Memory Improvement Techniques for Children
Parents are the first teachers that children have. A child's personality, ambition, and motivation (to name just a few characteristics) are greatly influenced by their parents. This is also true for a child's faculty for memory. A child's brain is often compared to a sponge which can absorb almost everything presented to it. Two years after birth, a child's brain grows so fast that it reaches three-fourths of its adult weight. During this time, children mature intellectually at a rapid pace as well. Studies show that a child's intelligence rises during the first four years of life at the same rate as during the next thirteen years. So rather than depending solely on teachers once a child reaches school age, parents can do a lot to strengthen their children's memory skills in the years before they go to school
There are many different memory improvement techniques parents can use, including storytelling and reminiscing, playing, and rhymes. To use these techniques and accomplish the goals of the memory improvement training, parents must spend time with their children.
Before going to bed, parents can read books along with their children. After reading, parents can ask the a child to repeat the story in their own words. If a child can repeat the story, it means that their short-tem memory is working well. To commit information to long-term memory, parents can discuss the moral lessons that can be derived from the story, or some other questions that help the child focus on the meaning as well as the content. Parents can ask questions to check if their children understand the story and can recall the information in it.
If your family is planning to visit a zoo or a museum, take it as an opportunity to educate your children. Take notes of the animal names, historical explanations, or anything that is worth remembering. Draw your child's attention to this information. After coming back home, ask your children about your trip. In this way, you can help your children to recall the information you shared while on the trip.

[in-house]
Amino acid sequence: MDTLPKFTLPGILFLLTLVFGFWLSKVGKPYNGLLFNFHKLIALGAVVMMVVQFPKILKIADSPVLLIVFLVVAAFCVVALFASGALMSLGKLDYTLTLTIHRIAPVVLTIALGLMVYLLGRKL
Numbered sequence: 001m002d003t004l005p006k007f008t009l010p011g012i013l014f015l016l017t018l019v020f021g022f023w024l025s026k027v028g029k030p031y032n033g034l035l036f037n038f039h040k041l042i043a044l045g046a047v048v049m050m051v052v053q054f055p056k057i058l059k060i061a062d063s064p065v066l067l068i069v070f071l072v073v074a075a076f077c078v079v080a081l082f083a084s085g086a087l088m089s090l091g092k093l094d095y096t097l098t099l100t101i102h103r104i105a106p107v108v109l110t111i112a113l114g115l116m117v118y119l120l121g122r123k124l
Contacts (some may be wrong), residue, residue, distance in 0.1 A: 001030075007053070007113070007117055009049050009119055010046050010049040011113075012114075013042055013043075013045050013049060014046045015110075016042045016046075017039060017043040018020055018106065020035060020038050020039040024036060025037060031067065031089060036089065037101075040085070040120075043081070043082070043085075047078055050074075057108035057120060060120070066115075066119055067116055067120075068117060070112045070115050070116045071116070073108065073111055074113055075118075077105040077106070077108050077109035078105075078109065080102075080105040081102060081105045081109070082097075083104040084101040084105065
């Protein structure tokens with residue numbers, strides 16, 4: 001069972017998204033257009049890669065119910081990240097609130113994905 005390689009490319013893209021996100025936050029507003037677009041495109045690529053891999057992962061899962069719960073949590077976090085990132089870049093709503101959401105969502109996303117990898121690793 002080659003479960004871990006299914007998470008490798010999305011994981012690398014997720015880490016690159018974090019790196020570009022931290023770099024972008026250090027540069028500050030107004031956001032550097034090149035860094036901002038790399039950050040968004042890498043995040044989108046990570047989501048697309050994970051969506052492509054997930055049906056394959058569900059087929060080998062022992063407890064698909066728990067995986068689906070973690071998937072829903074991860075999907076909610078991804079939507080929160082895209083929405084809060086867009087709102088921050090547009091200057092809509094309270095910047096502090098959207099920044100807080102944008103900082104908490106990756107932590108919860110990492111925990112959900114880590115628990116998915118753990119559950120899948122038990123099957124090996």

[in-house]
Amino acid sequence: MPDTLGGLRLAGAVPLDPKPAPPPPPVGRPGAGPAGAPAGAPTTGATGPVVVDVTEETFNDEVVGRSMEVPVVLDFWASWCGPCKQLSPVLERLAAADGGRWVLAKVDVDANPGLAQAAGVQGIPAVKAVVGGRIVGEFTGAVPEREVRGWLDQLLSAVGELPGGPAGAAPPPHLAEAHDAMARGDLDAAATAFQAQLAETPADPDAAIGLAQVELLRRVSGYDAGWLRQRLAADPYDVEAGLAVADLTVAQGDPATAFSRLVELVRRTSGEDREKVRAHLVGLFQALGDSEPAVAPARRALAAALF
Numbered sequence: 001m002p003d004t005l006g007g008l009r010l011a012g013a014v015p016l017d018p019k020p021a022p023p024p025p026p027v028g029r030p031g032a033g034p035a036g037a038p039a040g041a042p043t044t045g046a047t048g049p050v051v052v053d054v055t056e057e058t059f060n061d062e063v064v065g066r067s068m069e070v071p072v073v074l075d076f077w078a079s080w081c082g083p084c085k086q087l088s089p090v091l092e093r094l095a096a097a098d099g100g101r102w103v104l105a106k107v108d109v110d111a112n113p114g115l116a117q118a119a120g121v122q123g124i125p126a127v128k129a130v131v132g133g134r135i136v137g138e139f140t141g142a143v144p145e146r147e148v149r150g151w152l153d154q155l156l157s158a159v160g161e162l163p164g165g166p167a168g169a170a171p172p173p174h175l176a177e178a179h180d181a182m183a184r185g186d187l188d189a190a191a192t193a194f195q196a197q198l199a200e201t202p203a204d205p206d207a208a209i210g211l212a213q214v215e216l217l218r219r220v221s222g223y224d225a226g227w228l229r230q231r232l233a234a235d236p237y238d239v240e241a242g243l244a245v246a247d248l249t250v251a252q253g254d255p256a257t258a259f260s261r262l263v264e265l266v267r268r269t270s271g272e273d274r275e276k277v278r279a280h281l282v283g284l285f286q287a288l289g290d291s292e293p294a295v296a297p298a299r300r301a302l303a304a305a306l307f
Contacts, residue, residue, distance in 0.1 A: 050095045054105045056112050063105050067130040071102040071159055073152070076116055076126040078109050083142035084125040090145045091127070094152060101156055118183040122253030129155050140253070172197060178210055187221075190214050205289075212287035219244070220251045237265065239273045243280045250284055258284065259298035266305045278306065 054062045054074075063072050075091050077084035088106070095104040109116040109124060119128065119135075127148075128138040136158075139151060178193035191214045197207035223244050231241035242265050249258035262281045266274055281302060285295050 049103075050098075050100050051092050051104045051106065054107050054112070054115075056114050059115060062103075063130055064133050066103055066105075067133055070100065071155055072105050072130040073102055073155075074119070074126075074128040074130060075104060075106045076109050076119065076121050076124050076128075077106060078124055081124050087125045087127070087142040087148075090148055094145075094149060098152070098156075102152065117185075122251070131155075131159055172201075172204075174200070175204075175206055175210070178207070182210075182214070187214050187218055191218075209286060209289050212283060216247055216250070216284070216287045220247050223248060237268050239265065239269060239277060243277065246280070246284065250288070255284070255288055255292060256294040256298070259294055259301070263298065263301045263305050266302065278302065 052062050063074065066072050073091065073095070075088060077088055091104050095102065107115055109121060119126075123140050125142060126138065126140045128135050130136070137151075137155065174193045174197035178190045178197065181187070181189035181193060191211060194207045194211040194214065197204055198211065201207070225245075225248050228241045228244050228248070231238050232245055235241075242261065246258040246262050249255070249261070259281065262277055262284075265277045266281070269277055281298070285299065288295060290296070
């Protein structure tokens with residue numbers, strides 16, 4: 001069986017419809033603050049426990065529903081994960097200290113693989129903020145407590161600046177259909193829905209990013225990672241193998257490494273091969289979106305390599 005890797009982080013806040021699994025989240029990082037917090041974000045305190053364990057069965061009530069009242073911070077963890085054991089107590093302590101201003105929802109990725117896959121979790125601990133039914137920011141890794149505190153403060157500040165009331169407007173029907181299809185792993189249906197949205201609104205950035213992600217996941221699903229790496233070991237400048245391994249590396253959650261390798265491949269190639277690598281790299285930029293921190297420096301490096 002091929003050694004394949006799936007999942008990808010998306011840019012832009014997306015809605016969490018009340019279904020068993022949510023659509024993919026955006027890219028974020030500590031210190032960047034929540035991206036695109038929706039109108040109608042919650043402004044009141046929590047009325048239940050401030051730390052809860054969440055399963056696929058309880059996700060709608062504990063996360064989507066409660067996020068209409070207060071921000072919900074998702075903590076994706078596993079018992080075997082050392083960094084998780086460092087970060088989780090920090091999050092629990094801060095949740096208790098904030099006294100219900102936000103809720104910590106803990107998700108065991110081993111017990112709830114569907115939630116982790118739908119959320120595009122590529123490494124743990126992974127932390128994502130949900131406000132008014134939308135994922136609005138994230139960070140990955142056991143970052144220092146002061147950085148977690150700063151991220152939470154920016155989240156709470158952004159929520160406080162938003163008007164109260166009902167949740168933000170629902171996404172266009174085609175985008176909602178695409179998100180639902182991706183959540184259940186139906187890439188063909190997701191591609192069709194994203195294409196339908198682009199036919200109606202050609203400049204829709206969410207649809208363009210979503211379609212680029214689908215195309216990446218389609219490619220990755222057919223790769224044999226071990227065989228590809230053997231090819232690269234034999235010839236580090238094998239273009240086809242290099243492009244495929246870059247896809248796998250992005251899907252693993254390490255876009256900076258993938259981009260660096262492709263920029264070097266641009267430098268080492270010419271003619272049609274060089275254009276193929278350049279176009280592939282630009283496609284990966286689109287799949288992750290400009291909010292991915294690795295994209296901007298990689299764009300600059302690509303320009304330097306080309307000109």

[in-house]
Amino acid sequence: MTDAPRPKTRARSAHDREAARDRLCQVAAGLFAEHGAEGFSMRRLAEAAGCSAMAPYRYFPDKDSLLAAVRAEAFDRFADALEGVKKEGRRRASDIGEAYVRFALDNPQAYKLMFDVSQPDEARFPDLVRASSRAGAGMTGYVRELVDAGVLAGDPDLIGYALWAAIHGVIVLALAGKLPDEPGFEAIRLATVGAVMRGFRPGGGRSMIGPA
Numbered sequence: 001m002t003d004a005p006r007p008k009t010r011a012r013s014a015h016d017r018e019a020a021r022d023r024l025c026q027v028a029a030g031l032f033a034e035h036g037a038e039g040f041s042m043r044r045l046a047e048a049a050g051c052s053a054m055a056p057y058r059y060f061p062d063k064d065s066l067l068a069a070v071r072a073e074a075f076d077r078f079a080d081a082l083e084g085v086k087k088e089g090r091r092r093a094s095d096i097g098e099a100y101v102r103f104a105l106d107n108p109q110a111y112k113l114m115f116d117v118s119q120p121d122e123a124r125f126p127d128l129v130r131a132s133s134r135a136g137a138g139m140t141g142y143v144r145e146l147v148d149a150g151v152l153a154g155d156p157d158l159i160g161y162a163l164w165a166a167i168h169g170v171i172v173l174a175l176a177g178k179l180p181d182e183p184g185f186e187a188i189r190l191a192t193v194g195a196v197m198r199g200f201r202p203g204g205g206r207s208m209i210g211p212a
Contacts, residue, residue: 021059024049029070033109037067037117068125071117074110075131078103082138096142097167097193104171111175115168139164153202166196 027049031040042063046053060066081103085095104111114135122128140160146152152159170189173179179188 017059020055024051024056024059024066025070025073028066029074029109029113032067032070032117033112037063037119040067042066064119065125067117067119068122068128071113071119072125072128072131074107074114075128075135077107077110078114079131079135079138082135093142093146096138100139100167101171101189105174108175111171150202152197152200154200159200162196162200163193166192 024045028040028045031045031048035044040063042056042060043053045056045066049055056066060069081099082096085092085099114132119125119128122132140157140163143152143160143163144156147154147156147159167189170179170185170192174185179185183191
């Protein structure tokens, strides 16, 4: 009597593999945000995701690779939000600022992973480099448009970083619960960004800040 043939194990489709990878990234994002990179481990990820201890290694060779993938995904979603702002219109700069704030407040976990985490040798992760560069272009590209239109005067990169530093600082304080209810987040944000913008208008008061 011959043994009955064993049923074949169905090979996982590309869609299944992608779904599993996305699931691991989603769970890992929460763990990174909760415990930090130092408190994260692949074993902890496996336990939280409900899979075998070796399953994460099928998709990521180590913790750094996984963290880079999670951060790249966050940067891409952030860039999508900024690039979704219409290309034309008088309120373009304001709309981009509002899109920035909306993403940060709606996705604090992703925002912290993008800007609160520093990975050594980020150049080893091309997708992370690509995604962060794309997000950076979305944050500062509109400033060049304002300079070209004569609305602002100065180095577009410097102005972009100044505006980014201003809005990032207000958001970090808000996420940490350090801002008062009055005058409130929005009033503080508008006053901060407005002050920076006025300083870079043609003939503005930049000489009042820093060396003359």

Weekends are another occasions for family time and memory building. Playing with children is one way to have quality time as a family. There are many memory games that will be enjoyed by both children and adults, like crossword puzzles, Scrabble, and jigsaw puzzles. Parents can also use the information from a visit to the zoo or a museum by creating a trivia game to quiz a child on the information, and see how much they remember.
Rhymes and Acronyms
Creating rhymes and acronyms is another way that helps memory improvement in children as well as adults. If you are trying to help your kids to memorize the colors of rainbow, for example, you may use the memory cue that you learned when you were a child. Can you still remember it? Depending on where you grew up, you might have used the sequence "Richard Of York Gave Battle In Vain" or perhaps the simpler "ROY G. BIV." The letters in bold represent red, orange, yellow, green, blue, indigo and violet. Easy, right?
These are just few memory techniques parents can use. Memory software is another option, especially if both parents work. With software, children can use their time alone to practice memory skills, and then parents can work with them later. Because you may need this flexibility, it's best to choose a software that allows multiple users, like the Ultimate Memory software system.
No matter what techniques you use, remember not to create stress for your children when training their memory skills, because this can hamper memory growth. Keep it fun and light!
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